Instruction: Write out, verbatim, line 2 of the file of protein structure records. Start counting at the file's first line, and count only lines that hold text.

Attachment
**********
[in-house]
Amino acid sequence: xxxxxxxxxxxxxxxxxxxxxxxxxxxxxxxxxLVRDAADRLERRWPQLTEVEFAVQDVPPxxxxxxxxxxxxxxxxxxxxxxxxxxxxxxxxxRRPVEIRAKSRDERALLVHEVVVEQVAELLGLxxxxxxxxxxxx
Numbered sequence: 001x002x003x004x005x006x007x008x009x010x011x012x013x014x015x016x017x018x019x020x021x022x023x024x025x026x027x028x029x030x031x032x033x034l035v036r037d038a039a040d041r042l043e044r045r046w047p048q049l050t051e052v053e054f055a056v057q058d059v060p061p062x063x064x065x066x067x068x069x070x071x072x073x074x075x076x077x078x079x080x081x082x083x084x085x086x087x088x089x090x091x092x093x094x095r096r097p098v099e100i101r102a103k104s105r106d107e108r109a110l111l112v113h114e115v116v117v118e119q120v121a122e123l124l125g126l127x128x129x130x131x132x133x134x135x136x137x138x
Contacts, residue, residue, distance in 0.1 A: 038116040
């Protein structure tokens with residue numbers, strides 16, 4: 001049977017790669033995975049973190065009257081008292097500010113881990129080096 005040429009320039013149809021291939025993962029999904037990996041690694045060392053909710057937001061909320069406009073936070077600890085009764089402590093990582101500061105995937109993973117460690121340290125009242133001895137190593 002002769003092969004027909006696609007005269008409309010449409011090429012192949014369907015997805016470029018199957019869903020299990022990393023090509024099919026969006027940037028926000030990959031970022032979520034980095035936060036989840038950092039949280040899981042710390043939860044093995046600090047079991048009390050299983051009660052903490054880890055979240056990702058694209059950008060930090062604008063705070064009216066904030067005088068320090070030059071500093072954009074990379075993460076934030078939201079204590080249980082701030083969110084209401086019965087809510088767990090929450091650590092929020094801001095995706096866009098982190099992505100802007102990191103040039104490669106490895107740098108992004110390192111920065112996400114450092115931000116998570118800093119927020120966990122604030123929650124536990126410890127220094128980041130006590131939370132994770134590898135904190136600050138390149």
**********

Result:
Amino acid sequence: xxxxxxxxxxxxxxxxxxxxxxxxxxxxxxxxxLVRDAADRLERRWPQLTEVEFAVQDVPPxxxxxxxxxxxxxxxxxxxxxxxxxxxxxxxxxRRPVEIRAKSRDERALLVHEVVVEQVAELLGLxxxxxxxxxxxx